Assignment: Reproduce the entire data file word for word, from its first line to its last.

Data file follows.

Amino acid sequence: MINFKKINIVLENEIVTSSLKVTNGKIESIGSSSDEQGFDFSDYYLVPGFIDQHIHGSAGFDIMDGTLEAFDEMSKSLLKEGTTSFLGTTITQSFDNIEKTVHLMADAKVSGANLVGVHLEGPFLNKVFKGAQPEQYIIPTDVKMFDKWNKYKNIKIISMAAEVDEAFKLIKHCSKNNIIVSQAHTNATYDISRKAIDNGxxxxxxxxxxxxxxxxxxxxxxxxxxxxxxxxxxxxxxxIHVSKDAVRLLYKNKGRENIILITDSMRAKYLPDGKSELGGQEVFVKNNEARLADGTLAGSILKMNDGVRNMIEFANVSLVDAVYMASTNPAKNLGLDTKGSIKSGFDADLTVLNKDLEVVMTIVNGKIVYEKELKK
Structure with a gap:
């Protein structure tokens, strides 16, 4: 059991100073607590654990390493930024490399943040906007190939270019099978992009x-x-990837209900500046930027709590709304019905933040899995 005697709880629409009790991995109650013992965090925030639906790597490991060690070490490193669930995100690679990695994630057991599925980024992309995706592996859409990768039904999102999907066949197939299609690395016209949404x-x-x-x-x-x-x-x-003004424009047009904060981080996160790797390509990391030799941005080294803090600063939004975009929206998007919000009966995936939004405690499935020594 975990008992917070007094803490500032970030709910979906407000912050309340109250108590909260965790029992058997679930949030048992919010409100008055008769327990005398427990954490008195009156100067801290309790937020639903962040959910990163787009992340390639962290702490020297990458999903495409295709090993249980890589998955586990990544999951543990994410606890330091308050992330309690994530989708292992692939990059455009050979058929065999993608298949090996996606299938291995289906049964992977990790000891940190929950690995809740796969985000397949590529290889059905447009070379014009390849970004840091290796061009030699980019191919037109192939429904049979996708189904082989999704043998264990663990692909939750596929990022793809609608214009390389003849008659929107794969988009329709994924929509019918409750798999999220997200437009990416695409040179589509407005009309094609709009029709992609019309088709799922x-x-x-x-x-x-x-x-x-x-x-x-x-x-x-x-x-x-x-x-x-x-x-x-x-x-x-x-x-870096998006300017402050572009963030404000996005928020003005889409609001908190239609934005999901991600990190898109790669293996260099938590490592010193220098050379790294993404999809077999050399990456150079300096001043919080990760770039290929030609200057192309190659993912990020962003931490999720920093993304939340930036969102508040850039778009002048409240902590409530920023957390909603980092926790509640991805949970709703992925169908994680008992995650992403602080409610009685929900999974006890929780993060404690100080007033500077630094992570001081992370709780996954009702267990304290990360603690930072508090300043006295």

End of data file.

Amino acid sequence: MINFKKINIVLENEIVTSSLKVTNGKIESIGSSSDEQGFDFSDYYLVPGFIDQHIHGSAGFDIMDGTLEAFDEMSKSLLKEGTTSFLGTTITQSFDNIEKTVHLMADAKVSGANLVGVHLEGPFLNKVFKGAQPEQYIIPTDVKMFDKWNKYKNIKIISMAAEVDEAFKLIKHCSKNNIIVSQAHTNATYDISRKAIDNGxxxxxxxxxxxxxxxxxxxxxxxxxxxxxxxxxxxxxxxIHVSKDAVRLLYKNKGRENIILITDSMRAKYLPDGKSELGGQEVFVKNNEARLADGTLAGSILKMNDGVRNMIEFANVSLVDAVYMASTNPAKNLGLDTKGSIKSGFDADLTVLNKDLEVVMTIVNGKIVYEKELKK
Structure with a gap:
């Protein structure tokens, strides 16, 4: 059991100073607590654990390493930024490399943040906007190939270019099978992009x-x-990837209900500046930027709590709304019905933040899995 005697709880629409009790991995109650013992965090925030639906790597490991060690070490490193669930995100690679990695994630057991599925980024992309995706592996859409990768039904999102999907066949197939299609690395016209949404x-x-x-x-x-x-x-x-003004424009047009904060981080996160790797390509990391030799941005080294803090600063939004975009929206998007919000009966995936939004405690499935020594 975990008992917070007094803490500032970030709910979906407000912050309340109250108590909260965790029992058997679930949030048992919010409100008055008769327990005398427990954490008195009156100067801290309790937020639903962040959910990163787009992340390639962290702490020297990458999903495409295709090993249980890589998955586990990544999951543990994410606890330091308050992330309690994530989708292992692939990059455009050979058929065999993608298949090996996606299938291995289906049964992977990790000891940190929950690995809740796969985000397949590529290889059905447009070379014009390849970004840091290796061009030699980019191919037109192939429904049979996708189904082989999704043998264990663990692909939750596929990022793809609608214009390389003849008659929107794969988009329709994924929509019918409750798999999220997200437009990416695409040179589509407005009309094609709009029709992609019309088709799922x-x-x-x-x-x-x-x-x-x-x-x-x-x-x-x-x-x-x-x-x-x-x-x-x-x-x-x-x-870096998006300017402050572009963030404000996005928020003005889409609001908190239609934005999901991600990190898109790669293996260099938590490592010193220098050379790294993404999809077999050399990456150079300096001043919080990760770039290929030609200057192309190659993912990020962003931490999720920093993304939340930036969102508040850039778009002048409240902590409530920023957390909603980092926790509640991805949970709703992925169908994680008992995650992403602080409610009685929900999974006890929780993060404690100080007033500077630094992570001081992370709780996954009702267990304290990360603690930072508090300043006295």